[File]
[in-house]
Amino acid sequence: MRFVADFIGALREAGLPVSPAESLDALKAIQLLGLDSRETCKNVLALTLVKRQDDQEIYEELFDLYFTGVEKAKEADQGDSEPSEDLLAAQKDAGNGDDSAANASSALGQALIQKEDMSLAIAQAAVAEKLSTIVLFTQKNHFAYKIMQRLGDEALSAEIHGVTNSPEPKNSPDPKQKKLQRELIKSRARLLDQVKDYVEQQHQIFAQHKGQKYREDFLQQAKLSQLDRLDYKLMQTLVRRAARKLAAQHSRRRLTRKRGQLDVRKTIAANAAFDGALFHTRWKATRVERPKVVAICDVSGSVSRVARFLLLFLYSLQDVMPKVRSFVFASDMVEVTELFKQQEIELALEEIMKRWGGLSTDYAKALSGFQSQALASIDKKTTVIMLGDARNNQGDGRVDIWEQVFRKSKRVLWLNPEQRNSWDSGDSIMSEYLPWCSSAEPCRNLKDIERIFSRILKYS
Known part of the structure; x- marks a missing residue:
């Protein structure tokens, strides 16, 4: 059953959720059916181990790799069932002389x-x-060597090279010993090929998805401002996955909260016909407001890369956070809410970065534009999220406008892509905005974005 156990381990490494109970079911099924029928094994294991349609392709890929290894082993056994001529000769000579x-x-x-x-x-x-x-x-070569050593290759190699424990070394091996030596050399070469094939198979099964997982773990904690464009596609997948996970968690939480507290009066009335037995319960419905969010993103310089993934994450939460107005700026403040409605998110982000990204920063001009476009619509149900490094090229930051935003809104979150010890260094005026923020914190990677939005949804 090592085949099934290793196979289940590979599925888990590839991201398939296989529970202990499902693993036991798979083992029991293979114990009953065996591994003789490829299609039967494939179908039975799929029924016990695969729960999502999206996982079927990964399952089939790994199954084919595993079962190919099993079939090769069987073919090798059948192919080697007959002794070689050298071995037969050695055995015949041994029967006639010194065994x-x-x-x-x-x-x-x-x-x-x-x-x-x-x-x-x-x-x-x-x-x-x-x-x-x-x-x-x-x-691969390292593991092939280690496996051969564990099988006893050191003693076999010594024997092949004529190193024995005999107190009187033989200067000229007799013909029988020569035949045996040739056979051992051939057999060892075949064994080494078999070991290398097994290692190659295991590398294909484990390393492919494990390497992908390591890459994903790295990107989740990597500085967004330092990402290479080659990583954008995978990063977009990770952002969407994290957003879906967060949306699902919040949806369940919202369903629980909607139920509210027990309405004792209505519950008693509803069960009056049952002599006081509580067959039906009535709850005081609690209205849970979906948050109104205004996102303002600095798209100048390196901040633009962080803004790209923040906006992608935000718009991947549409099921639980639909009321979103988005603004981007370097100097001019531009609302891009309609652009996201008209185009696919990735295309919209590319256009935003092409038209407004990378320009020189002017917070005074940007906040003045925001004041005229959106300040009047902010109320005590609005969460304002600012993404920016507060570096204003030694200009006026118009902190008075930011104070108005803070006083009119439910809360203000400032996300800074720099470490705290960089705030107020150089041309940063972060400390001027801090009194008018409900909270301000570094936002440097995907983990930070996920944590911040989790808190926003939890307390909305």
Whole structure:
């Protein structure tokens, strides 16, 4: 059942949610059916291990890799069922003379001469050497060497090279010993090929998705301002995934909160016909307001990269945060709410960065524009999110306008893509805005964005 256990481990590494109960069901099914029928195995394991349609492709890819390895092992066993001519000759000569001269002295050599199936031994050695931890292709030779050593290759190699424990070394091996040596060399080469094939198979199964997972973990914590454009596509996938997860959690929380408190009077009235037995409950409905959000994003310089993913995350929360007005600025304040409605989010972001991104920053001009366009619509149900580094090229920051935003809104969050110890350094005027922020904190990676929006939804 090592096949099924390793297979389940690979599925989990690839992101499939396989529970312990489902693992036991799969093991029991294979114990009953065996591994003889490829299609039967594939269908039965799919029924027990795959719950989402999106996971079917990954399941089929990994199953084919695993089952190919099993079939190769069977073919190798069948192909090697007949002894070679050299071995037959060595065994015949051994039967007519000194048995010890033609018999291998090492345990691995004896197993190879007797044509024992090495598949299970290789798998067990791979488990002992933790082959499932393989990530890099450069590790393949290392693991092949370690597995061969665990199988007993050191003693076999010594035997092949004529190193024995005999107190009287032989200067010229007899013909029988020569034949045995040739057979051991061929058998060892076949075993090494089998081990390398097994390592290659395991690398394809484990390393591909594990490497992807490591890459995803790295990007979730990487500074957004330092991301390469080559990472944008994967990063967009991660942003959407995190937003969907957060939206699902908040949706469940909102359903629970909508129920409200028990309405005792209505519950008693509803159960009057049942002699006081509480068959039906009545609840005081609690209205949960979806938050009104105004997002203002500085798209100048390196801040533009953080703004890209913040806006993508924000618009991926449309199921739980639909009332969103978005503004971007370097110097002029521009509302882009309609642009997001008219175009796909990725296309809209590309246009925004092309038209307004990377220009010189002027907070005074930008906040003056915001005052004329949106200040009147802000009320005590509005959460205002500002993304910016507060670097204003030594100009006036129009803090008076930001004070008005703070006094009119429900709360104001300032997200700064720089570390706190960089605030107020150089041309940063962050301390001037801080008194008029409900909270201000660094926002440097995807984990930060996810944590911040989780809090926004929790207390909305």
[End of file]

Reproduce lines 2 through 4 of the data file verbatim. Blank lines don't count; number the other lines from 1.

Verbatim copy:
Amino acid sequence: MRFVADFIGALREAGLPVSPAESLDALKAIQLLGLDSRETCKNVLALTLVKRQDDQEIYEELFDLYFTGVEKAKEADQGDSEPSEDLLAAQKDAGNGDDSAANASSALGQALIQKEDMSLAIAQAAVAEKLSTIVLFTQKNHFAYKIMQRLGDEALSAEIHGVTNSPEPKNSPDPKQKKLQRELIKSRARLLDQVKDYVEQQHQIFAQHKGQKYREDFLQQAKLSQLDRLDYKLMQTLVRRAARKLAAQHSRRRLTRKRGQLDVRKTIAANAAFDGALFHTRWKATRVERPKVVAICDVSGSVSRVARFLLLFLYSLQDVMPKVRSFVFASDMVEVTELFKQQEIELALEEIMKRWGGLSTDYAKALSGFQSQALASIDKKTTVIMLGDARNNQGDGRVDIWEQVFRKSKRVLWLNPEQRNSWDSGDSIMSEYLPWCSSAEPCRNLKDIERIFSRILKYS
Known part of the structure; x- marks a missing residue:
């Protein structure tokens, strides 16, 4: 059953959720059916181990790799069932002389x-x-060597090279010993090929998805401002996955909260016909407001890369956070809410970065534009999220406008892509905005974005 156990381990490494109970079911099924029928094994294991349609392709890929290894082993056994001529000769000579x-x-x-x-x-x-x-x-070569050593290759190699424990070394091996030596050399070469094939198979099964997982773990904690464009596609997948996970968690939480507290009066009335037995319960419905969010993103310089993934994450939460107005700026403040409605998110982000990204920063001009476009619509149900490094090229930051935003809104979150010890260094005026923020914190990677939005949804 090592085949099934290793196979289940590979599925888990590839991201398939296989529970202990499902693993036991798979083992029991293979114990009953065996591994003789490829299609039967494939179908039975799929029924016990695969729960999502999206996982079927990964399952089939790994199954084919595993079962190919099993079939090769069987073919090798059948192919080697007959002794070689050298071995037969050695055995015949041994029967006639010194065994x-x-x-x-x-x-x-x-x-x-x-x-x-x-x-x-x-x-x-x-x-x-x-x-x-x-x-x-x-x-691969390292593991092939280690496996051969564990099988006893050191003693076999010594024997092949004529190193024995005999107190009187033989200067000229007799013909029988020569035949045996040739056979051992051939057999060892075949064994080494078999070991290398097994290692190659295991590398294909484990390393492919494990390497992908390591890459994903790295990107989740990597500085967004330092990402290479080659990583954008995978990063977009990770952002969407994290957003879906967060949306699902919040949806369940919202369903629980909607139920509210027990309405004792209505519950008693509803069960009056049952002599006081509580067959039906009535709850005081609690209205849970979906948050109104205004996102303002600095798209100048390196901040633009962080803004790209923040906006992608935000718009991947549409099921639980639909009321979103988005603004981007370097100097001019531009609302891009309609652009996201008209185009696919990735295309919209590319256009935003092409038209407004990378320009020189002017917070005074940007906040003045925001004041005229959106300040009047902010109320005590609005969460304002600012993404920016507060570096204003030694200009006026118009902190008075930011104070108005803070006083009119439910809360203000400032996300800074720099470490705290960089705030107020150089041309940063972060400390001027801090009194008018409900909270301000570094936002440097995907983990930070996920944590911040989790808190926003939890307390909305």